South Africa President Jacob Zuma has denied reports that Nelson Mandela was in a "vegetative state" but has confirmed that the anti-apartheid icon was in "a critical but stable condition."
The term "vegetative state" was used in court papers filed by members of the Mandela family, according to lawyers acting on behalf of 15 family members including his wife and three daughters.
"The anticipation of his impending death is based on real and substantial grounds," the court papers said.
But South African President Jacob Zuma's office played down court papers and gave its own account of Mandela's state of health. It said "doctors deny that the former president was in a vegetative state."
Mandela's health appeared to come in for even closer scrutiny after a court ruled that the remains of three of his children should be reburied in his home town of Qunu. The remains had transferred to Mvezo, 25 kilometers (15 miles) away, where Mandela's eldest grandson is chief, two years ago.
Family members and community elders attended the reburial ceremony in Qunu, where Mandela grew up and where he has said he wants to be buried. Forensic tests earlier confirmed that the remains were indeed those of Mandela's children.
Grandson Mandla Mandela told a news conference on Thursday that his grandfather "would be highly disappointed in what is unravelling."
The mud-slinging between family members - including public allegations of infidelity and children born out of wedlock has sparked concern in South Africa, as the anti-apartheid icon fights for his life in a hospital,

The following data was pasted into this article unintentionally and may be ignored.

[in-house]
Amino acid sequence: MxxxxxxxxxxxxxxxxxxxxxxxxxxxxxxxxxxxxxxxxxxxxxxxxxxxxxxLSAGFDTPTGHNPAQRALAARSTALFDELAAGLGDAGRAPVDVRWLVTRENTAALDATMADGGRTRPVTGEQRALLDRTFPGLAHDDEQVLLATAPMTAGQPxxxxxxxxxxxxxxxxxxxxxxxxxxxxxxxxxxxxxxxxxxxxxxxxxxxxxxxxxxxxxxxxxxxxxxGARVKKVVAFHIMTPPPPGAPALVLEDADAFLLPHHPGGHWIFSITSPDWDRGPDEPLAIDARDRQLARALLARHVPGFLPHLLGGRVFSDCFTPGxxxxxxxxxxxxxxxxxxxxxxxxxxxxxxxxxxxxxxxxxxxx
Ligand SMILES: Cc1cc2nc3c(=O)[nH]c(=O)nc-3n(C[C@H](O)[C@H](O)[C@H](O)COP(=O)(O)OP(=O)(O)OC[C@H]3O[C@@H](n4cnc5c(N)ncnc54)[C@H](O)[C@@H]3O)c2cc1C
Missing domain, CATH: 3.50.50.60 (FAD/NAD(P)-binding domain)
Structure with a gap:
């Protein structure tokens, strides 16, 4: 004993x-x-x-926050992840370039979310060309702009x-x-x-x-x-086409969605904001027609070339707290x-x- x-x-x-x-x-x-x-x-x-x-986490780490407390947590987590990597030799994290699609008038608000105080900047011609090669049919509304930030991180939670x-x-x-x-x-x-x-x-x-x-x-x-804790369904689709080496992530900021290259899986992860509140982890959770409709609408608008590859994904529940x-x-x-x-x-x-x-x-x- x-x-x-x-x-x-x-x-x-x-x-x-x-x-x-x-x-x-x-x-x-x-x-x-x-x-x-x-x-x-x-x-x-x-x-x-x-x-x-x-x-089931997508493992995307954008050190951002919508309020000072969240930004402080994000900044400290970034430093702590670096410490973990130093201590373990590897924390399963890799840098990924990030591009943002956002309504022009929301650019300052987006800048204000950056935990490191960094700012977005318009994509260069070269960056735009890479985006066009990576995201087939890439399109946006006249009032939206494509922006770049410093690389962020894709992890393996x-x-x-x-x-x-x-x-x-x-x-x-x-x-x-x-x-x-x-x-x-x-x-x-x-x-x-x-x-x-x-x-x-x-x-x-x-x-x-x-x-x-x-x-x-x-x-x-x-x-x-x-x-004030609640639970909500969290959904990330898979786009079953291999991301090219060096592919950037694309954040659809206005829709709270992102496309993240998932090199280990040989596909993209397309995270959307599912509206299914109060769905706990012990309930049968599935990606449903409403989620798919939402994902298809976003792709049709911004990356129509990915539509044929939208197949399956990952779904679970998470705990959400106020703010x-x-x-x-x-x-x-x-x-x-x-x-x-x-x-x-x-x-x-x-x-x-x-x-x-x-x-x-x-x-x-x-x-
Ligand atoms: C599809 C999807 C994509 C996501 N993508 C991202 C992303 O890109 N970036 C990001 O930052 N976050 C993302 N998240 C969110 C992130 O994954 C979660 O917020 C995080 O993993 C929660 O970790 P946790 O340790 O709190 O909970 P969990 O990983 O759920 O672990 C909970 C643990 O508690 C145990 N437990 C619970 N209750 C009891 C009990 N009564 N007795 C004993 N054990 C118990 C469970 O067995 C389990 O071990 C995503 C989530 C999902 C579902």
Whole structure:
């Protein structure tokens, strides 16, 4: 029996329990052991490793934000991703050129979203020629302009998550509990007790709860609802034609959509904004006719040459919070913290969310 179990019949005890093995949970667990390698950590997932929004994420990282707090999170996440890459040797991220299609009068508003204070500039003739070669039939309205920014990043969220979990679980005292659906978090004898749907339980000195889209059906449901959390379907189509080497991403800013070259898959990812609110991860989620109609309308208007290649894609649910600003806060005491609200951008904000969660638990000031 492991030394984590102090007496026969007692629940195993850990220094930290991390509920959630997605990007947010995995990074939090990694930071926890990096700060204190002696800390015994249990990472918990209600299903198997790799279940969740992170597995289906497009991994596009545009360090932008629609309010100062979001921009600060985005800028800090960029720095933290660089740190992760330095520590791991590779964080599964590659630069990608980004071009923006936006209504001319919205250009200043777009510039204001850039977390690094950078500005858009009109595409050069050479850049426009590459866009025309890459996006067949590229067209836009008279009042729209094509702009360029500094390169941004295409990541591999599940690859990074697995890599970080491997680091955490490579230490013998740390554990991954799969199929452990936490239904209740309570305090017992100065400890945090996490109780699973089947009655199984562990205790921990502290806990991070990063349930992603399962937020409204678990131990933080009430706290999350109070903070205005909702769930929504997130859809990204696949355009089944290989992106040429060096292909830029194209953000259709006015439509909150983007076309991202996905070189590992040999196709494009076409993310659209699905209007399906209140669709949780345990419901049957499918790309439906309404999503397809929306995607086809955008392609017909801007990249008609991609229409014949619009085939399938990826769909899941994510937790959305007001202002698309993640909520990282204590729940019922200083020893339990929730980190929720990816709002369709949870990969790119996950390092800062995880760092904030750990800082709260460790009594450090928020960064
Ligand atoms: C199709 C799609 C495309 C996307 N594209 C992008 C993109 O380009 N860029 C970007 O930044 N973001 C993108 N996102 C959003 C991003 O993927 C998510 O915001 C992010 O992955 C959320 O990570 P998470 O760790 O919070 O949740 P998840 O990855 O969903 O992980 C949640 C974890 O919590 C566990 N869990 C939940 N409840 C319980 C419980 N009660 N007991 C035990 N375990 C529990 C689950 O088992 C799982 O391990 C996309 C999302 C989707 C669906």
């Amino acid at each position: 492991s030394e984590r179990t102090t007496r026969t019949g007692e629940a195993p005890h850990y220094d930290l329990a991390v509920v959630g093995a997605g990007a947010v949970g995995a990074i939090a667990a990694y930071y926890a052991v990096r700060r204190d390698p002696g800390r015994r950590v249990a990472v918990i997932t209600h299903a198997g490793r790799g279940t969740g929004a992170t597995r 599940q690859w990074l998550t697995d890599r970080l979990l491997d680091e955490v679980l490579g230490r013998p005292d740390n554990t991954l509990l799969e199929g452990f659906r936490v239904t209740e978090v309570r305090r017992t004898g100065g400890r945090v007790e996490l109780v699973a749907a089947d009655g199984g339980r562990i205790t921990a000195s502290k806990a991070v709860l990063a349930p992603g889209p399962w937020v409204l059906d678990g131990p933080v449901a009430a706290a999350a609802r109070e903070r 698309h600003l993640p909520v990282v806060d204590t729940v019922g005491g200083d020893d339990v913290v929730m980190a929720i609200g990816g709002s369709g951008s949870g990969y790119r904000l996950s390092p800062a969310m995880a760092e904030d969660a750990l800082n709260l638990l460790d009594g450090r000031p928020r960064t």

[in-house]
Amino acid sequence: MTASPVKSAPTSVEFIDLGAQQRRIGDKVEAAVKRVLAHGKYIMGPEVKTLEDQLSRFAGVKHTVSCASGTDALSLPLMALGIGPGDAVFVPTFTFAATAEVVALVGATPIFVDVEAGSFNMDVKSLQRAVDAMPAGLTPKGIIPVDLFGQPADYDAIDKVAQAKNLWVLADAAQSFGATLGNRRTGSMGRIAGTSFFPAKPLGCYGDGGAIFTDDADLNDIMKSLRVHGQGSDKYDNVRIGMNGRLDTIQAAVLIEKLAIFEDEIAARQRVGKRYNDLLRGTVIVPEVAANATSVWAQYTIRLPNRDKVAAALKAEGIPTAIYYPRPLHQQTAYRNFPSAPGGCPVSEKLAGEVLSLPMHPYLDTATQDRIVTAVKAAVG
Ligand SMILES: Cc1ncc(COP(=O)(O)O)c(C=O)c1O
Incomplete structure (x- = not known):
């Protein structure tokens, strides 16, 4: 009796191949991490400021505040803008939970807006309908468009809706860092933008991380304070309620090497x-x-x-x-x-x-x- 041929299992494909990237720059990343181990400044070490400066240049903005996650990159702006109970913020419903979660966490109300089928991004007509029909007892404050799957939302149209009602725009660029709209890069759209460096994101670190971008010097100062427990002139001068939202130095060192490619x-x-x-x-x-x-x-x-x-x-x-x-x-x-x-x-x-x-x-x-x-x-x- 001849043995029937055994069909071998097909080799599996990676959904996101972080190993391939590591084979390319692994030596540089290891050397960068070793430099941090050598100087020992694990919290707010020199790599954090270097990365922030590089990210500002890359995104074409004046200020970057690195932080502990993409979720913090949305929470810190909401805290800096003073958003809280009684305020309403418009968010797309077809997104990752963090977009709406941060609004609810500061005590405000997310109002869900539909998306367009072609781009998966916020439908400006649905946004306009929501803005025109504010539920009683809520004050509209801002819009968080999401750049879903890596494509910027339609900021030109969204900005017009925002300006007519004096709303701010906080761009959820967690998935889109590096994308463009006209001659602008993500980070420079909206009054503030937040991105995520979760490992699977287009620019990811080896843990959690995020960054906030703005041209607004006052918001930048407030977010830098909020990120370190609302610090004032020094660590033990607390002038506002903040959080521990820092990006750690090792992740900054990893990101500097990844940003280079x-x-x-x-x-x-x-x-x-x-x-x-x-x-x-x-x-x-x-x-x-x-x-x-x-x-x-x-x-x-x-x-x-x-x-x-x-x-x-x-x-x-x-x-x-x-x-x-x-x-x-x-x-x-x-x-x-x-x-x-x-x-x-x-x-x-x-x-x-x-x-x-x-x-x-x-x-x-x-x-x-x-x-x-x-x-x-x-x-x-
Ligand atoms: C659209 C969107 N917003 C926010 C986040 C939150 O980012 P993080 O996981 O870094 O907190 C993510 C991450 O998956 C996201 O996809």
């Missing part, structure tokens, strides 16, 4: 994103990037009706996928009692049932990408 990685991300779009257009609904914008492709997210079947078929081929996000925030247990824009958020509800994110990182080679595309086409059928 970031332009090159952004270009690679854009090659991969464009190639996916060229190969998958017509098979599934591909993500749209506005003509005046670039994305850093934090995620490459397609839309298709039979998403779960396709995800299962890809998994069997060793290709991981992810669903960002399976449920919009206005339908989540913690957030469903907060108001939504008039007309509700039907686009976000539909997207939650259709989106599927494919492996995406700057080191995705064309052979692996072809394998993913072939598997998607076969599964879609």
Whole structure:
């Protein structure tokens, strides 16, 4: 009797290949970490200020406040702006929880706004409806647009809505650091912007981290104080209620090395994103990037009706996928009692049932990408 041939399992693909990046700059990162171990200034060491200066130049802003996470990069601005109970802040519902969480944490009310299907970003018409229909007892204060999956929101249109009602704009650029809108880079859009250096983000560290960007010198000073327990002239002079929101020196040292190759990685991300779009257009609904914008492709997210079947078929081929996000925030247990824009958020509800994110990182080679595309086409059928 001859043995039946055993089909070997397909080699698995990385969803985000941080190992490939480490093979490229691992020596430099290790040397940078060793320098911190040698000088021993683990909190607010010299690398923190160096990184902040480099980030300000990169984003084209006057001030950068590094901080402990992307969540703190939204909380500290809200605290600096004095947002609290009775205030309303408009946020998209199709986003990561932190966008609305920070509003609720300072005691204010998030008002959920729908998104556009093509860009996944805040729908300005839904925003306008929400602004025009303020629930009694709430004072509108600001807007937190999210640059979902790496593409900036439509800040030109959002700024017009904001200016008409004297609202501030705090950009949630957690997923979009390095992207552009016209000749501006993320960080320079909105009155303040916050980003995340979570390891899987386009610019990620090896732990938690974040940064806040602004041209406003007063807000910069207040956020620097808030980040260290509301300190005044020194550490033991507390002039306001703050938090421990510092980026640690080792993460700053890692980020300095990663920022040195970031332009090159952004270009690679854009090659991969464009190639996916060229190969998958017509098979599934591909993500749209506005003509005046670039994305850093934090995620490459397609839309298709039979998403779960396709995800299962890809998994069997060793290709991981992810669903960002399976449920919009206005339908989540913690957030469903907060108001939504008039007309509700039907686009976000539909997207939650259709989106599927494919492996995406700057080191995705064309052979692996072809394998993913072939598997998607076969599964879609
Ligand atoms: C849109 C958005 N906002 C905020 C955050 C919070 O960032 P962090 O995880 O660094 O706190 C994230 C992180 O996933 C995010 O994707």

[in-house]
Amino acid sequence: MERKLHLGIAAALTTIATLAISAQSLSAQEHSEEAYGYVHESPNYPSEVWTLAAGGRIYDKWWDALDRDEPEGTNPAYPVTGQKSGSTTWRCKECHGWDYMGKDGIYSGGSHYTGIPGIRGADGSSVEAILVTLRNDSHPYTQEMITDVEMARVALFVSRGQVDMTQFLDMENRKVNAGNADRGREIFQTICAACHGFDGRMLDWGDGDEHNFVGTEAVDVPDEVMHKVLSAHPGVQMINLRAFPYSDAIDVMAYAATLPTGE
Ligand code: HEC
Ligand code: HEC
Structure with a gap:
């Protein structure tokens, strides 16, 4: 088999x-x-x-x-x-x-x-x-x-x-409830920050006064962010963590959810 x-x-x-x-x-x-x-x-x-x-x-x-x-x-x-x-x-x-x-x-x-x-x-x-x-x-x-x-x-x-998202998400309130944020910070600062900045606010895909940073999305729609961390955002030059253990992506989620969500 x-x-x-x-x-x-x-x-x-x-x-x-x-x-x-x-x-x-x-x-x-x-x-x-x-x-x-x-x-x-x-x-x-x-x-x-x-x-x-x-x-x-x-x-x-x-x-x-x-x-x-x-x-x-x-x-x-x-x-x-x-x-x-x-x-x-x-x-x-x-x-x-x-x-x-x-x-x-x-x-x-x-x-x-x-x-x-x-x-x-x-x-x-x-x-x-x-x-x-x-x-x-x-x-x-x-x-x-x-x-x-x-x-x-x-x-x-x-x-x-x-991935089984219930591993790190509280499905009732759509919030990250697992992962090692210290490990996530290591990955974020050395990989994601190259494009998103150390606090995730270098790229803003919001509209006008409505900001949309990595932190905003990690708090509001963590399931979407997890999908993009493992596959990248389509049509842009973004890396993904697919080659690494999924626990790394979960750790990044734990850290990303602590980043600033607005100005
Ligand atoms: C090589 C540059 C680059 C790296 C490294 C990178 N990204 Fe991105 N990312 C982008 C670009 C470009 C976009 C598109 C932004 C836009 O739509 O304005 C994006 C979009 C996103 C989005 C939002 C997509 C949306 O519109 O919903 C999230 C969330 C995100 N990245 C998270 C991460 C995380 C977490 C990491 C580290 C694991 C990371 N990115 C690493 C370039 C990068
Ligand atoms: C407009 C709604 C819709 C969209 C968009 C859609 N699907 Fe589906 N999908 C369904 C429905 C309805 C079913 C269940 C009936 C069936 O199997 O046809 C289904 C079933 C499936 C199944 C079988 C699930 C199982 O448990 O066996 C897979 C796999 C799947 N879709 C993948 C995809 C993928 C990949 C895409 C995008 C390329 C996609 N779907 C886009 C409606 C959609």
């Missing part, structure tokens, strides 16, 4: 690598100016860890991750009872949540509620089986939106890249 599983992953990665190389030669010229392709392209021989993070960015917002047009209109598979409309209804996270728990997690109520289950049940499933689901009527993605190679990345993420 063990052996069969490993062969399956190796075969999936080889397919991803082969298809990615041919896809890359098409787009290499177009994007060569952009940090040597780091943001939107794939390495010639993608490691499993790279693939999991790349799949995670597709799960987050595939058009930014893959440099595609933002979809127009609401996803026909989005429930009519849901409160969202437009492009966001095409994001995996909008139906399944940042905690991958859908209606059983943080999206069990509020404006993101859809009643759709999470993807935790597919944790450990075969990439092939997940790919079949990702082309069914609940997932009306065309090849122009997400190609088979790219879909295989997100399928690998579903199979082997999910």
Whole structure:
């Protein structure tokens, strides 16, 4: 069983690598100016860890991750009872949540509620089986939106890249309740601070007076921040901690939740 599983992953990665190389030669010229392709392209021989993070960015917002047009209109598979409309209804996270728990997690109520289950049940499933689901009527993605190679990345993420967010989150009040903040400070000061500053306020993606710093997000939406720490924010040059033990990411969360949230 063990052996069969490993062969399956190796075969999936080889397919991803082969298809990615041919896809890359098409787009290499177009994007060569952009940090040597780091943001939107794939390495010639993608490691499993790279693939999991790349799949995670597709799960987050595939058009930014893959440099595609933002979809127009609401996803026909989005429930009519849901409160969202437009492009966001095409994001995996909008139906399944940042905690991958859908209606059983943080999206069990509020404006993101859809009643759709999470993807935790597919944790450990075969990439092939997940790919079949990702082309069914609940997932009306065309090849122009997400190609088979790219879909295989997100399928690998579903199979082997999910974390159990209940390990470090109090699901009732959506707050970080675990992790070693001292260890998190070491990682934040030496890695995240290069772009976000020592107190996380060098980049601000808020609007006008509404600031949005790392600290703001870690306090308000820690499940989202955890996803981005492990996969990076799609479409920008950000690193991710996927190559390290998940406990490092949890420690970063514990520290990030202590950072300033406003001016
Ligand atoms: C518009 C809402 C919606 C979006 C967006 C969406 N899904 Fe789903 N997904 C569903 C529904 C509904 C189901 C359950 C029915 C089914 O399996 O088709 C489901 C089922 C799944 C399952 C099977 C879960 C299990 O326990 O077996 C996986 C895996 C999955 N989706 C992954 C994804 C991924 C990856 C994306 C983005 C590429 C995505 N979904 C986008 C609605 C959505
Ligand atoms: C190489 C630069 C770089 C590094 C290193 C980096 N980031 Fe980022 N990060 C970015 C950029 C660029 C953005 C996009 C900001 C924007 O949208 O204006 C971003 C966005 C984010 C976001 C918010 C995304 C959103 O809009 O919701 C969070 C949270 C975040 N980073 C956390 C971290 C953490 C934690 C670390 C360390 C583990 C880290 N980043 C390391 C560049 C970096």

DW correspondent in Johannesburg, Thuso Khumalo, says, South Africans are angered by the ongoing rifts in the Mandela family, and the majority think they should sit down and iron out their differences amicably.
The squabble is playing out in newspapers, on the Internet and on TV, angering a nation gripped by grief and praying for its beloved 94-year-old former president.
Call for calm
Archbishop Desmond Tutu, who like Mandela won the Nobel Peace Prize for his role in the struggle against apartheid, appealed to the family to overcome their differences.
"Please, please, please may we think not only of ourselves. It's almost like spitting in Madiba's face," Tutu said in a statement .
Mlawu Tyatyeka, an expert on the Xhosa culture of Mandela's family, said the court case over the graves was decided quickly because the family knows that Mandela will soon die.
"It's not a case of wishing him to die. It's a case of making sure that by the time he dies, his dying wish has been fulfilled," he said. "We have a belief that should you ignore a dying wish, all bad will befall you."
Meanwhile, Mandela's wife said the former president is sometimes uncomfortable but seldom in pain while being treated in hospital. Graca Machel spoke about her husband's condition at a fundraising drive for a children's hospital that will be named after Mandela.
"Whatever is the outcome of his stay in hospital, that will remain the second time where he offered his nation an opportunity to be united under the banner of our flag, under the banner of our constitution," she said.